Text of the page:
How to Normalize and Standardize Data in R?
In this article, we will be looking at the various techniques to scale data, Min-Max Normalization, Z-Score Standardization, and Log Transformation in the R programming language.
Loading required packages and dataset:
Let’s install and load the required packages. And also create a dataframe as a sample dataset.
Summary of Data:
Let’s check out the summary of the data before scaling it. As we can see from the output, each variable/feature has a different range of values (which can be inferred from min and max values) and thus need scaling to bring the values within a fixed range.
Method 1: Min-Max Normalization
This technique rescales values to be in the range between 0 and 1. Also, the data ends up with smaller standard deviations, which can suppress the effect of outliers.
Example: Let’s write a custom function to implement Min-Max Normalization.
This is the formula for Min-Max Normalization. Let’s use this formula and create a custom user-defined function, minMax which takes in one value at a time and computes the scaled value such that it lies between 0 and 1. Here new_max(A) is 1 and new_min(A) is 0 as we trying in scale down/up the values in the range [0,1].
This helps in handling the outliers well and suppresses them overall.
Let’s now check if the values of the 4 columns are rescaled between 0 and 1 using a summary of the data (min and max are 0 and 1 respectively).
Example: Using an in-built function and caret package to perform Min-Max Normalization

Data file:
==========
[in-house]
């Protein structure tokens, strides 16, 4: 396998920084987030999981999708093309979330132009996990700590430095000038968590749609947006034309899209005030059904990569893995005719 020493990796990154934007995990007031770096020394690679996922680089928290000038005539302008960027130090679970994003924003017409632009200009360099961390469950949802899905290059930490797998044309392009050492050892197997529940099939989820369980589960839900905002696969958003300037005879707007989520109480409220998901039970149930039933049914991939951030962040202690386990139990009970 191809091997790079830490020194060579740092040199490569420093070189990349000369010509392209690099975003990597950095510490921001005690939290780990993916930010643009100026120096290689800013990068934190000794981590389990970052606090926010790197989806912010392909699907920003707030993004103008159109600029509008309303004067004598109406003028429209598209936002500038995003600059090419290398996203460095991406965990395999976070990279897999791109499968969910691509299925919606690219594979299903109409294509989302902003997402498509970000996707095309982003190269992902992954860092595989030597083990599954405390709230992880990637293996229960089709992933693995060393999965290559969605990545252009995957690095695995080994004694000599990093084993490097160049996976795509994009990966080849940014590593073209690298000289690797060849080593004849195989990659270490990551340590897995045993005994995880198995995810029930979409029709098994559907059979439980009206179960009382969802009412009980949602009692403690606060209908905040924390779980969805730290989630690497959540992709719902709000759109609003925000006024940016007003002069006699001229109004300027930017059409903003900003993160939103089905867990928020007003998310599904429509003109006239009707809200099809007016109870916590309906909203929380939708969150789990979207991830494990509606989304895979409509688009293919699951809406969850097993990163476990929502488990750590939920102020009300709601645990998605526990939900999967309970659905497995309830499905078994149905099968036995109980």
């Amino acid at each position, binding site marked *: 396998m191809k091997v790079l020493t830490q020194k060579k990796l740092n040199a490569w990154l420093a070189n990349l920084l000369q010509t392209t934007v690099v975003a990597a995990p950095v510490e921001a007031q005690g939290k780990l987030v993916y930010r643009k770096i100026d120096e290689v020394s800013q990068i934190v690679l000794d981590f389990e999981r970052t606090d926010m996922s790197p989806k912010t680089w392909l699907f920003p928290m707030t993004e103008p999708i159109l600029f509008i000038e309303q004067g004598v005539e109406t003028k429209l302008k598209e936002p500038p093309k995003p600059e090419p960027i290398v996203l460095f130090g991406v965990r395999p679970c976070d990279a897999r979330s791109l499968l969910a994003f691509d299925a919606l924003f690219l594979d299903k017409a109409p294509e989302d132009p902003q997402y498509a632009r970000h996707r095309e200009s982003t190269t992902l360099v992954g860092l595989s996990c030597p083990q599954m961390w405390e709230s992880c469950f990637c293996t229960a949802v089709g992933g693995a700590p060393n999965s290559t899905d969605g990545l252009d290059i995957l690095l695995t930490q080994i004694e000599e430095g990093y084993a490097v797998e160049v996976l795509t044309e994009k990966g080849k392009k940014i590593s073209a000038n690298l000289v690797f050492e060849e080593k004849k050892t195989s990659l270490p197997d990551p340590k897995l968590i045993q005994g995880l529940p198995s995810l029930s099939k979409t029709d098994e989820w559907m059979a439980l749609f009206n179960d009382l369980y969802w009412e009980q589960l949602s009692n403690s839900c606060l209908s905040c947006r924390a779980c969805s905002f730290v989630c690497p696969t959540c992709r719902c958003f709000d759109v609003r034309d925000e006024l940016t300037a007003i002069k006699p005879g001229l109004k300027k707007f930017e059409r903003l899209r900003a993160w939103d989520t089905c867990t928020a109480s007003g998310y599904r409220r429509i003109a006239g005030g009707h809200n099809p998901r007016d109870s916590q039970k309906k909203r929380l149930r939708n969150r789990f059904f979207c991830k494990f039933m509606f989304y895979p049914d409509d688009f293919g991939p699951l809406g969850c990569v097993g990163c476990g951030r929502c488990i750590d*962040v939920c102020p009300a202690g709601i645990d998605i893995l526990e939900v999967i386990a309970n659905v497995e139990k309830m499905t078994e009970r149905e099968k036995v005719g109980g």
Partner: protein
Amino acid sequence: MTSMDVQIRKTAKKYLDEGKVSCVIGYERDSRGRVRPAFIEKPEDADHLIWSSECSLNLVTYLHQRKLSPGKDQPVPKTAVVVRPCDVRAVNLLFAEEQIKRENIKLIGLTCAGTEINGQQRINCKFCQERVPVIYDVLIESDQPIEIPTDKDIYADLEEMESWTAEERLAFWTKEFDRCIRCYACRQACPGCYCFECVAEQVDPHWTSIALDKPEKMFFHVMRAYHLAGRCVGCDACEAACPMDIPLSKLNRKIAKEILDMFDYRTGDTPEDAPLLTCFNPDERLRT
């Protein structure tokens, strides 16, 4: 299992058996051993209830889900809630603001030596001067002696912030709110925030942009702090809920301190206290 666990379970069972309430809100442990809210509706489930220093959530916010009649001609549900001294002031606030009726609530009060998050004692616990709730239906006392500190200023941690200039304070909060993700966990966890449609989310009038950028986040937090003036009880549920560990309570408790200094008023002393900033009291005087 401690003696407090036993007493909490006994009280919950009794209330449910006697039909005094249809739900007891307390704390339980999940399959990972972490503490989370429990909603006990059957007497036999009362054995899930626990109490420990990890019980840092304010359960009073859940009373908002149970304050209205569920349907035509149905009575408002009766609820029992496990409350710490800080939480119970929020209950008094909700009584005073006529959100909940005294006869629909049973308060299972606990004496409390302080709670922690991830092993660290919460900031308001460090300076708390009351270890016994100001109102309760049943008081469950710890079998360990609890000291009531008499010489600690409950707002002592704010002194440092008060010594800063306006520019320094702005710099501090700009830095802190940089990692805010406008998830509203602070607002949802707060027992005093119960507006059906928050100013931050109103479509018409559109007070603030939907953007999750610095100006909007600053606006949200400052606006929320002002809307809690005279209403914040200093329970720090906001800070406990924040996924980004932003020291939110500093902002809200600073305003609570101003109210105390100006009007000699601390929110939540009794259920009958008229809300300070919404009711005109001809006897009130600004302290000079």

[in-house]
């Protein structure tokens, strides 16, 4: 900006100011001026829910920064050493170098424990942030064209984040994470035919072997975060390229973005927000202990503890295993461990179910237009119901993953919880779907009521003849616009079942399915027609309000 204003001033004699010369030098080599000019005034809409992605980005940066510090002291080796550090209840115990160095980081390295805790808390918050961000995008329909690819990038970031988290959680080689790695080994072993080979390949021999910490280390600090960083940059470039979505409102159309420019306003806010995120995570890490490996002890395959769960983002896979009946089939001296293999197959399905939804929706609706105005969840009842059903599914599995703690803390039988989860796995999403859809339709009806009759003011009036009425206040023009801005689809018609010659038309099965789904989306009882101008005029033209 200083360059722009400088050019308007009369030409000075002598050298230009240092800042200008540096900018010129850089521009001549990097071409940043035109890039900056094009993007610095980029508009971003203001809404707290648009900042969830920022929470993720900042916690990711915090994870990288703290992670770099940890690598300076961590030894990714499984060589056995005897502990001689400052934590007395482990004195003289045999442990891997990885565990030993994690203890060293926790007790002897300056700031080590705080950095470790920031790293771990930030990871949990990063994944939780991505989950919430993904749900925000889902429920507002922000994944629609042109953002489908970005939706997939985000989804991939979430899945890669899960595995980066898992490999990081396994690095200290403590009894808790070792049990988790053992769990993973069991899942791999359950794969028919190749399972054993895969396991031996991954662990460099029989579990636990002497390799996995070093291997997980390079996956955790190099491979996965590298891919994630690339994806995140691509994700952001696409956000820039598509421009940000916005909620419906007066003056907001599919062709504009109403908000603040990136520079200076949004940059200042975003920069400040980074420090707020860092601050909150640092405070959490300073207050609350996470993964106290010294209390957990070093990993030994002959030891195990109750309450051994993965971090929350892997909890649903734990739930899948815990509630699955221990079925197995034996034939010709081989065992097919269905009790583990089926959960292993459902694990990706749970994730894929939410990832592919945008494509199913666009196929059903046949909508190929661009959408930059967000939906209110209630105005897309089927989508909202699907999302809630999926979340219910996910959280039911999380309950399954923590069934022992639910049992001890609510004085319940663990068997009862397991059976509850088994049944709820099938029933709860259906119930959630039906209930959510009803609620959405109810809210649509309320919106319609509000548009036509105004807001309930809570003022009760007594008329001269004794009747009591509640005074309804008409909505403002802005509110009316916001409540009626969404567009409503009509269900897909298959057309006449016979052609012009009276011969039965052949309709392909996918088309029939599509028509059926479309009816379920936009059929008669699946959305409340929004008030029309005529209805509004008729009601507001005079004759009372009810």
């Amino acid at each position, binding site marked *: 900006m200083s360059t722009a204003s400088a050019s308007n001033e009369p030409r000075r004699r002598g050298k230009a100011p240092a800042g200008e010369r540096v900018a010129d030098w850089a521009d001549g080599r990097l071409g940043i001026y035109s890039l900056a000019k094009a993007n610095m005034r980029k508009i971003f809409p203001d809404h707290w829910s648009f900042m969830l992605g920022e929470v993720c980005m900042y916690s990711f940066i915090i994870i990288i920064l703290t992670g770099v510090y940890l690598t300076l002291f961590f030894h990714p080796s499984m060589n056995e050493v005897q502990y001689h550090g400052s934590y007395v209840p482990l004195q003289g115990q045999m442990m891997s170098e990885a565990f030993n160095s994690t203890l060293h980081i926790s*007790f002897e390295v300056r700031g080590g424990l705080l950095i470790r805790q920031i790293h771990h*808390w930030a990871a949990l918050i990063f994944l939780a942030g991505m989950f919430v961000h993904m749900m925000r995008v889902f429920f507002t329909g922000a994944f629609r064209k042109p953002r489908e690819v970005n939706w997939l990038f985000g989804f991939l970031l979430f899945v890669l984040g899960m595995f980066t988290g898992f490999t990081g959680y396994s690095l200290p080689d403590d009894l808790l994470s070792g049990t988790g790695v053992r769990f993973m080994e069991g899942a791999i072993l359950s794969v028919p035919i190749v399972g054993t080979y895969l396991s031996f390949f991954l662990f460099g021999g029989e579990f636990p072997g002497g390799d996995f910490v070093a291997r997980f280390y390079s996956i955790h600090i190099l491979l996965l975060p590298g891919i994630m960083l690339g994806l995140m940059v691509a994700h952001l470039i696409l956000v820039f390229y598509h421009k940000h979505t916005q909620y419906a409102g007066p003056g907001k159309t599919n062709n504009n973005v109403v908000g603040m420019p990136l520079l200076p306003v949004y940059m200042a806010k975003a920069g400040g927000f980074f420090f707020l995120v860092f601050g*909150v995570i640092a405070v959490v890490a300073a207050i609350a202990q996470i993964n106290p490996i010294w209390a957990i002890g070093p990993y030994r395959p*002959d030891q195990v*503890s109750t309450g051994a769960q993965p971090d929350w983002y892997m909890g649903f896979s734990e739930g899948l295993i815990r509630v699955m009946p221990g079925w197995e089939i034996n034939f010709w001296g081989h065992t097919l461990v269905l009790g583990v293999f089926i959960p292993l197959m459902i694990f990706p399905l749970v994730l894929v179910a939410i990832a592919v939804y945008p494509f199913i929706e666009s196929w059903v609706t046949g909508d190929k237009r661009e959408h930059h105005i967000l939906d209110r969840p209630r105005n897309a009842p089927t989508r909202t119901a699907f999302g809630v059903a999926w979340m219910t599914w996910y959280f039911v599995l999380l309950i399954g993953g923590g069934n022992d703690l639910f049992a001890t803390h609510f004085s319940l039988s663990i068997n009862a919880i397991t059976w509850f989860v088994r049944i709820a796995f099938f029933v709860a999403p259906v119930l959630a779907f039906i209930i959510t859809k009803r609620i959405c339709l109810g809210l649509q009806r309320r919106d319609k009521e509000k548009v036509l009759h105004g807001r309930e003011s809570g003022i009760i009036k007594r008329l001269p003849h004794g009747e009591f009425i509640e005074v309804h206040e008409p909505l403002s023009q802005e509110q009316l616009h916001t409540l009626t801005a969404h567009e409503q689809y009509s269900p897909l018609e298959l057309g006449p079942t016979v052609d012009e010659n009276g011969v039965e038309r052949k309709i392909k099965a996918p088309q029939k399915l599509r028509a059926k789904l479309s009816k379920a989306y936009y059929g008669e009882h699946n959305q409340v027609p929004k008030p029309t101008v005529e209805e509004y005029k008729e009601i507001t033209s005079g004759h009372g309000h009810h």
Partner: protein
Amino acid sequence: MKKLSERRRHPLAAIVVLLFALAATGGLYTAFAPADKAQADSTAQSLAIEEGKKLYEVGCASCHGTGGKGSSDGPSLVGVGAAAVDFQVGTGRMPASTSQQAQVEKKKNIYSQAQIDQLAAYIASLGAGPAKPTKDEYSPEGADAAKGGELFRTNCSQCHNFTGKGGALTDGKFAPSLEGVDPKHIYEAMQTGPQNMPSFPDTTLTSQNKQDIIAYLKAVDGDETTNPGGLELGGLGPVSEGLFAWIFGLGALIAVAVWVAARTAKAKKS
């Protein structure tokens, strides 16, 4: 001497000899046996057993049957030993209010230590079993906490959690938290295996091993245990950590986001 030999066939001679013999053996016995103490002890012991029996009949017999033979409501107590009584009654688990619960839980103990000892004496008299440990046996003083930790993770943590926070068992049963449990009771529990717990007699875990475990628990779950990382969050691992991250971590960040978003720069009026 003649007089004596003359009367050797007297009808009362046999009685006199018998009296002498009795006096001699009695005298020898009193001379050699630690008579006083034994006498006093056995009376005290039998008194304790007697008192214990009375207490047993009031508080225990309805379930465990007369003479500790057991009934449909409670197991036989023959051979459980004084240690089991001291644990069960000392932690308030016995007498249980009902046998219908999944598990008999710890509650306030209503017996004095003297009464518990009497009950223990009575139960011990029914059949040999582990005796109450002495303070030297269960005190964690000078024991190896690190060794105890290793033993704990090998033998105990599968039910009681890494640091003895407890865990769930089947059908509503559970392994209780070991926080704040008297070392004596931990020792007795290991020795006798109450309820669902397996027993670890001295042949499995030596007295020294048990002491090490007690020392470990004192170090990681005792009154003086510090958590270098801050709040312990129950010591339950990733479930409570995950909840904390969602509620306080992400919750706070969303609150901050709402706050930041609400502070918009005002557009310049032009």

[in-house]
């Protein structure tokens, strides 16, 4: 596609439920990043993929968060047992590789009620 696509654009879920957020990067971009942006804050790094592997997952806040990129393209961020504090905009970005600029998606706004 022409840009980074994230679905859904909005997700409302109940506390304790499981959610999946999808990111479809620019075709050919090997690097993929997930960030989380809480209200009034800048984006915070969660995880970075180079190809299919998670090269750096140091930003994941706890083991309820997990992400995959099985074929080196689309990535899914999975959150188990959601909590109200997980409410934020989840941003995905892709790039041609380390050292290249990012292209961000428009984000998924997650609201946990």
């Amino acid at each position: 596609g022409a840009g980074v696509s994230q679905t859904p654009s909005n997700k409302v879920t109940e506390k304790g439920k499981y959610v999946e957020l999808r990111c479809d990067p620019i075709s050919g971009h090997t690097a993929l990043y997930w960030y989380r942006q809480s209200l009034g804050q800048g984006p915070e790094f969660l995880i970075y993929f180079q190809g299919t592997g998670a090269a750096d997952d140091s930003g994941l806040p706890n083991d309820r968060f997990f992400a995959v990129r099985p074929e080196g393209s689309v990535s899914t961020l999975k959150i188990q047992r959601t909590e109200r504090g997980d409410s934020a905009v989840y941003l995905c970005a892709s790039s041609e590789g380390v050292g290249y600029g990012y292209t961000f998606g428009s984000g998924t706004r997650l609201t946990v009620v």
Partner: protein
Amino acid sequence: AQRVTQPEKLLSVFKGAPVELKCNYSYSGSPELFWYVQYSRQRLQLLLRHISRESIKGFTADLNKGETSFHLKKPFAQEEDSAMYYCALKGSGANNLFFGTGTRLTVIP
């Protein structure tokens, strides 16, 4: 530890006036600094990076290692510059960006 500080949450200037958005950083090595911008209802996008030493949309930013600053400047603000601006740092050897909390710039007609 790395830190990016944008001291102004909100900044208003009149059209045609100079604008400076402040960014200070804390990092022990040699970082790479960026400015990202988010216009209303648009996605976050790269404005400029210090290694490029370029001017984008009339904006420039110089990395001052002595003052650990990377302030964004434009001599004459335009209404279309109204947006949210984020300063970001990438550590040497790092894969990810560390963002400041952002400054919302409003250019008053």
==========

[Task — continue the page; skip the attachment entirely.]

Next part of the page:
Here the method, preProcess( ) takes a tuple with value “range” to implement min-max scaling and this preprocessed data is sent to predict( ) function to get the final normalized data using the min-max scaling method.
preProcess(x, method = c(“center”, “scale”), … na.remove = TRUE )
- x – a matrix or data frame
- method – a character vector specifying the type of processing
- na.remove – true/false to specify removal of missing values
This technique tends to center the rescaled data around the mean, but it doesn’t handle outliers very well. So to tackle this we go for standardization.
Method 2: Log Transformation
Not all real-life data would follow a gaussian distribution nor would be less skewed. So to tackle this Log Transformation technique can be used.
Example: Using log( ) function
Let’s log transform a particular column var2 in data and view it’s summary.
log(x, base = exp(1))
- x – a numeric or complex vector
- base – a positive or complex number
Log( ) function takes in numeric vector or complex vector of the data and performs log transformation.
Standardization is a technique in which all the features have a mean around zero and have roughly unit variance (mean = 0 and standard deviation = 1). And also makes sure that outliers get weighted more than other values.
Example : Using Standard scale( ) function
scale(x, center = TRUE, scale = TRUE)
- x – a numeric matrix(like object)
- center – either a logical value or numeric-alike vector of length equal to the number of columns of x
- scale – either a logical value or a numeric-alike vector of length equal to the number of columns of x
scale( ) function (a part of caret package in R) takes in a matrix or dataframe object and scales the data points such that the mean and standard deviation is 0 and 1 respectively.
Example: Using an in-built function in the caret library to preprocess and then standardize the data.
Here the method, preProcess( ) will take a tuple with values “center” and “scale” to implement standardization. This preprocessed data is sent to predict( ) to standardize the data such that the mean is 0 and the standard deviation is 1.
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